- The pandemic has cut demand for the shared spaces when companies laid-off workers and sent others to work from home.
- Despite the little activity, the shared space providers see a return to pre-Covid demand because companies will shift to a hybrid arrangement for office use.
- Workstyle Africa, a flexible and co-working space provider, is gearing to open two more spaces in Nairobi, targeting a post-pandemic growth.
Co-working space companies were beginning to gain market share in Kenya, until coronavirus happened, causing untold turbulence but one that saw businesses firing on all cylinders to rise above the storm.
The pandemic has cut demand for the shared spaces when companies laid-off workers and sent others to work from home.
Despite the little activity, the shared space providers see a return to pre-Covid demand because companies will shift to a hybrid arrangement for office use.
Workstyle Africa, a flexible and co-working space provider, is gearing to open two more spaces in Nairobi, targeting a post-pandemic growth.
Flexible office penetration was estimated at 0.7 percent of total office space in Africa against 3.6 percent in New York City, 6.1 percent in Delhi and 5.0 percent in both London and Beijing.
Ronald Nyairo and Federico Von Bary in 2017 launched Workstyle when spaces offered were tiny and the clientele profile was nothing more than international organisations. “The first location was opened in February 2018. The second location opened in October 2019,” Mr Nyairo says.
“We have grown our capacity five times since we started and expect the business to gain 10 times by March 2021 compared to when we started.”
To remain afloat under the cloud of Covid-19, the company shelved expansion plans and went big on downgrades and discounts to secure the thin demand available after the disease lockdown.
Workstyle, under Landron Group, plans to provide an alternative to working from home concept that gained traction during the peak of the virus and is expected to remain in force after companies realised it could cut costs and motivate workers to be more productive.
Mr Nyairo says they have a mix of clientele, including international companies, start-ups, technology firms, high-growth and SMEs, NGOs and independent consultants.
The social distancing rules and minimal staff on rotation make large corporates choose them. “Going forward with people working from home, the changes in society are going to be good for us. Now people don’t have to work from office or be at the same place to be productive,” he adds.
Mr Bary says workers will not work from home forever as individuals and companies seek flexibility offered by co-working space.
“The future is hybrid,” he says. “This means that large companies will be looking for solutions that vary from month to month. I don’t think we are going to go back to having people work from home forever or people return fully to office, especially for large corporates with many employees.”
Co-working spaces offer different solutions to small businesses that find it difficult to acquire office space or looking for cost-effective options, individuals and SMEs requiring space for a few days.
The shared space market has been competitive with providers such as Nairobi Garage, iHub, Nailab, and The Hive.
Companies pay for big spaces but do not use it, explains Mr Nyairo. Meeting rooms are used for three hours a day, the kitchenette is occupied for three hours, and the reception area has three guests at a time but companies pay for 24 hours, he quips.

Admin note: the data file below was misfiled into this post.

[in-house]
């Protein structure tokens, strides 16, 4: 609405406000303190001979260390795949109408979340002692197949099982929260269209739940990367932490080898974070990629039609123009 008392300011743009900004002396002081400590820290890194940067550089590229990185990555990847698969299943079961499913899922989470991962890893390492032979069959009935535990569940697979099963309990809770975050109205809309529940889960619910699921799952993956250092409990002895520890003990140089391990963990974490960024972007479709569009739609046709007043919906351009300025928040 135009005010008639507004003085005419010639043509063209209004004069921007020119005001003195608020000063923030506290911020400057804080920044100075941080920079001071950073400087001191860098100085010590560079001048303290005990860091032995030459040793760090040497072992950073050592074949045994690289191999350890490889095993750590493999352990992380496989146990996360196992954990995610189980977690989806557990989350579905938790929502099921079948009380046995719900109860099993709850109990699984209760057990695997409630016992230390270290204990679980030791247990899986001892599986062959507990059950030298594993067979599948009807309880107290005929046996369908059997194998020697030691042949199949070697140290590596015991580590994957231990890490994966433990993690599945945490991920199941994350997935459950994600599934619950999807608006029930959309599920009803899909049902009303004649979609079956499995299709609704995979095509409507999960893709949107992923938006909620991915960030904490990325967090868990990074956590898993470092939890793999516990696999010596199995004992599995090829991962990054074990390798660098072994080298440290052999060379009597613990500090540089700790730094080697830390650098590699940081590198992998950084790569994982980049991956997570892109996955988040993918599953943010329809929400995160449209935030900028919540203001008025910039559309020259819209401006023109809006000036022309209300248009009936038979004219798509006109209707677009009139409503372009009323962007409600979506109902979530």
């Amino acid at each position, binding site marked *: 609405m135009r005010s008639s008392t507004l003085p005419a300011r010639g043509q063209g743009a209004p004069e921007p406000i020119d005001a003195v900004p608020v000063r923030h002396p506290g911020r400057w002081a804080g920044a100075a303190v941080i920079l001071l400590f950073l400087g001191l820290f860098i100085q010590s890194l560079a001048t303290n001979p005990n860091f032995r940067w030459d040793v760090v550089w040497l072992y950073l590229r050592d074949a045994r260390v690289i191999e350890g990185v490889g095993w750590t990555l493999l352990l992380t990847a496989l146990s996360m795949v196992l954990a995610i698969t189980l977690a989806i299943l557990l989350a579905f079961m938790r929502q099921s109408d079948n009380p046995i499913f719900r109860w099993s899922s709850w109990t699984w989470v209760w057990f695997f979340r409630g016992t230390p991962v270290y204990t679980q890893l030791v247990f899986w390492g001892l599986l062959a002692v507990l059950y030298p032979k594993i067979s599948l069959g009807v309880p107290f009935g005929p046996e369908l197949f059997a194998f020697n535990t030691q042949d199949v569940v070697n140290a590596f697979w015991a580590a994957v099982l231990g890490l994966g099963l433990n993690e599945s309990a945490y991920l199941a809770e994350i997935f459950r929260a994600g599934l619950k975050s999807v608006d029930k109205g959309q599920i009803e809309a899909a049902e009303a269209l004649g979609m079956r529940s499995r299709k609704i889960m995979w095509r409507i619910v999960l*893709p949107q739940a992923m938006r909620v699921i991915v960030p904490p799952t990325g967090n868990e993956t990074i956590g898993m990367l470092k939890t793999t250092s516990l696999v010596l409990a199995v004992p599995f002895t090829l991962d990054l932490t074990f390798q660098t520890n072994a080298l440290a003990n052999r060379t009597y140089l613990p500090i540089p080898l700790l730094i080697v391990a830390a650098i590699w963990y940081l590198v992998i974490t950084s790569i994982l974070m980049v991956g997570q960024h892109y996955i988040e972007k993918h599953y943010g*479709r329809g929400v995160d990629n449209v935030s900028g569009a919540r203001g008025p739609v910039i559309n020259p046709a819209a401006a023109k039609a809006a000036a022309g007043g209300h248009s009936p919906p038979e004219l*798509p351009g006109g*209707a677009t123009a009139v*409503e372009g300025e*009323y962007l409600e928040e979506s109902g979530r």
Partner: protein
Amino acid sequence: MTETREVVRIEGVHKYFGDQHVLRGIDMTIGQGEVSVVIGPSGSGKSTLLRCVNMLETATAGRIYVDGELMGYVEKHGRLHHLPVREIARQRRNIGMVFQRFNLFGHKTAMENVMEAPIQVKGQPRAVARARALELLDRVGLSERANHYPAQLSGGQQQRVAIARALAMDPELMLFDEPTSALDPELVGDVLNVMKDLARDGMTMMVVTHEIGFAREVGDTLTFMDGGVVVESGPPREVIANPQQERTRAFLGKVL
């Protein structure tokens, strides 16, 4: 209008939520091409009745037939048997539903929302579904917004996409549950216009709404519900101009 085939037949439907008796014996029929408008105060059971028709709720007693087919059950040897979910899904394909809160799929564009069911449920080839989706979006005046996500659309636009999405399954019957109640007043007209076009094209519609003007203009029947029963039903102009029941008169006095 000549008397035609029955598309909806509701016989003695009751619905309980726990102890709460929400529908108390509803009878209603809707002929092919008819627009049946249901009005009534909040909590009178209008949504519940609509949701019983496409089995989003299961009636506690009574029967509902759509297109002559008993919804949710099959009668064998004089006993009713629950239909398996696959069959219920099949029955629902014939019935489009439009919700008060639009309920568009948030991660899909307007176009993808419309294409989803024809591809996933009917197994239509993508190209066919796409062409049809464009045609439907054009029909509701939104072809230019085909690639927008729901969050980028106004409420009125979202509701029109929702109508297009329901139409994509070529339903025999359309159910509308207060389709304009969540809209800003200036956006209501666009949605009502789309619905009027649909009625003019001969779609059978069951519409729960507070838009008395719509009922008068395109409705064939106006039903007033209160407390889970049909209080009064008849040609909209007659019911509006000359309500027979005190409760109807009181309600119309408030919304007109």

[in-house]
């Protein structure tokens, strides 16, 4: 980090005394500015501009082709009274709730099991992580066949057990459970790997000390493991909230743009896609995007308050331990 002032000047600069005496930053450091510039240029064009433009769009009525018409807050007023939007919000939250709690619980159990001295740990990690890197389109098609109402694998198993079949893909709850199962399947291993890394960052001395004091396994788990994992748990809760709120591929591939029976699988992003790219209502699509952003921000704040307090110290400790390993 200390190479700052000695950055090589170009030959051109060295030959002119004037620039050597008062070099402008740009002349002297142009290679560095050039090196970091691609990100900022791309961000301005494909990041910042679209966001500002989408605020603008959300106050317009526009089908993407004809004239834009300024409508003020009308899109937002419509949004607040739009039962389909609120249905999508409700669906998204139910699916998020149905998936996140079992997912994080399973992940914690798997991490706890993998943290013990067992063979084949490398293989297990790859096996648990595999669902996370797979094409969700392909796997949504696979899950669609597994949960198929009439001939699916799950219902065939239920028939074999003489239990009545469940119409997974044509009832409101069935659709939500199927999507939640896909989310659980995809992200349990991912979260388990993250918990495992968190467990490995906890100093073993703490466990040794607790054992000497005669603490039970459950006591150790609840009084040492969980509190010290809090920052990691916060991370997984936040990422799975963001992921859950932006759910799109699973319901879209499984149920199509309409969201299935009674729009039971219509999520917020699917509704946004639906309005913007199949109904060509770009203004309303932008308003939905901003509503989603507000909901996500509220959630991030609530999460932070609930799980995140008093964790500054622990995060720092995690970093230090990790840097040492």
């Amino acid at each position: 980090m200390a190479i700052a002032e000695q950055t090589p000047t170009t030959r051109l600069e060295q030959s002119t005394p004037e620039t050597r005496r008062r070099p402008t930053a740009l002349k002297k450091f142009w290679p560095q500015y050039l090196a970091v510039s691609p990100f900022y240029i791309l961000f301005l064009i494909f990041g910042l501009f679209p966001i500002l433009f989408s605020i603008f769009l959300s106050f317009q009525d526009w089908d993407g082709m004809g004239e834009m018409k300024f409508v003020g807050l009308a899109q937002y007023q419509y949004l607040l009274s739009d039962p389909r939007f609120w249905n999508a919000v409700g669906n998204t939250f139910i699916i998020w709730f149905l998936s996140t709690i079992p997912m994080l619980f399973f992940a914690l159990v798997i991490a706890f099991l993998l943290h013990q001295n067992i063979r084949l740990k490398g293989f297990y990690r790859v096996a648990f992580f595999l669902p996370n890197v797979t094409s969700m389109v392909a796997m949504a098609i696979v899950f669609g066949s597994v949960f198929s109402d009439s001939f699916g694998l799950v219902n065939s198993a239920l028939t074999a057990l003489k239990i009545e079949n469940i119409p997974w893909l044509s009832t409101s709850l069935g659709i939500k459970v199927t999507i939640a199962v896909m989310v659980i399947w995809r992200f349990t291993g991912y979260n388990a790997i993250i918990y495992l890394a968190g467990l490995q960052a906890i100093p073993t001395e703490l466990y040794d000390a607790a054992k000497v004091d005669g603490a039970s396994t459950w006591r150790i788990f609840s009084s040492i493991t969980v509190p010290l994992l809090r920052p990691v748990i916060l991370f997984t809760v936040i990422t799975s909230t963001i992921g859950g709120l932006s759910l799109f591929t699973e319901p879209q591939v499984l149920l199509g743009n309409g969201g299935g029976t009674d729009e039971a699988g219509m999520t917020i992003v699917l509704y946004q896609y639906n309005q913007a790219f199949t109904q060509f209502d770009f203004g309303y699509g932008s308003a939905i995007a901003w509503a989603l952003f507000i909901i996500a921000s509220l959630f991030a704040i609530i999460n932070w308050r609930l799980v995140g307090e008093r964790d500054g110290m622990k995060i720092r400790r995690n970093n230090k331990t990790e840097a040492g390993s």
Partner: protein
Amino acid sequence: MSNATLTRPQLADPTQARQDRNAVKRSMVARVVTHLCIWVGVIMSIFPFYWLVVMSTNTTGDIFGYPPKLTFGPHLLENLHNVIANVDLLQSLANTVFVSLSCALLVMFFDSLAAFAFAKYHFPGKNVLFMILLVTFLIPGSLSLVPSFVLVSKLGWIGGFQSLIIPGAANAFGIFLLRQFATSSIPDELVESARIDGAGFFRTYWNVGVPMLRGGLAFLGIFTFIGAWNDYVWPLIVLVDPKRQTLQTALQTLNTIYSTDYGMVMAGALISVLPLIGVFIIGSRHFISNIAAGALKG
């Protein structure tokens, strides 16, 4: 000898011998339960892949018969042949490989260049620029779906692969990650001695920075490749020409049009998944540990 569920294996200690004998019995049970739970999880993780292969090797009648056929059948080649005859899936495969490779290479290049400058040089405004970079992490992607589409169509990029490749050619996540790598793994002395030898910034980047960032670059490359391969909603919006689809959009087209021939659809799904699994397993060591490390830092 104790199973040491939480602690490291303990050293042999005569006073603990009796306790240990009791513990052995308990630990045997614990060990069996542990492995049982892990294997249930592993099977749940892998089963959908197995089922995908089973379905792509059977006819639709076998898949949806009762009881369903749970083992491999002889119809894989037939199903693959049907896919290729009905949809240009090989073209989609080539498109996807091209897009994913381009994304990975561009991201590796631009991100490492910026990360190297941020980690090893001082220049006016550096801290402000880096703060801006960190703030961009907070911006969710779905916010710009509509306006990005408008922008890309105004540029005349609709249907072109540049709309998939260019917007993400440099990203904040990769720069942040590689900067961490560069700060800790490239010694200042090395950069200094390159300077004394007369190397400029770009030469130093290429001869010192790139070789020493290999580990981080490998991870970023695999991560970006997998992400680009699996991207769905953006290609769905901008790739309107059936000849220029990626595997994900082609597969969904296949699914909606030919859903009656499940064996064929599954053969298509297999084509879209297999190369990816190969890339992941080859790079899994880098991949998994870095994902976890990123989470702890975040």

Post-covid, companies will shift from conventional offices to this new model, motivated by the savings. “This trend is on as companies are continuously moving from vertical organisation structure to horizontal structure where teams are supported to work together,” Mr Bary adds. Companies can also carve out space and customise such as Boston Consulting Group that picked on the trend to join spaces.
Workstyle Africa adds that this concept saves half the cost for similar Grade A traditional office through staff like a receptionist, cleaners and office administrator, electricity, internet, and other amenities.
A company operating Grade A traditional office is estimated to spend Sh173,600 per 1,500 square feet on a team of six staff on base rent. It would also spend Sh32,550 on service charge monthly, Sh129,600 depreciation mostly for furniture, fittings, and equipment.
Another Sh86,800 on expenses like internet, cleaning, office management, coffee, drinking water, printer, and office supplies, and Sh30,000 monthly on utilities such as electricity, water among others. This grows to Sh455,700, but Workstyle says the figure can drop to Sh227,850 under private office and Sh162,750 under co-working spaces.
“The hybrid model will help companies to work on a budget for people. Some clients want open spaces, some private offices, others multiple offices for separate teams or customised solutions, which is like the traditional offices except that we manage everything, including maintenance and cleaning,” he said.
The company says the co-work space providers have to get essentials such as design, air conditioning, furniture, and ambiance right.
Lounge for workshops, social media and career-oriented meetings, social events and hangouts, and coffee shops are some of the segments that the provider has to deliver.
The coffee shop menu has pastries, light snacks, coffee and beverages, not foods that would require fire because of restrictions.
Mr Nyairo likens the model to cab-hailing, accessed on need, and allows people to work from office or home when required.
"You have to be careful about location and quality. The whole area should help make the teams happier."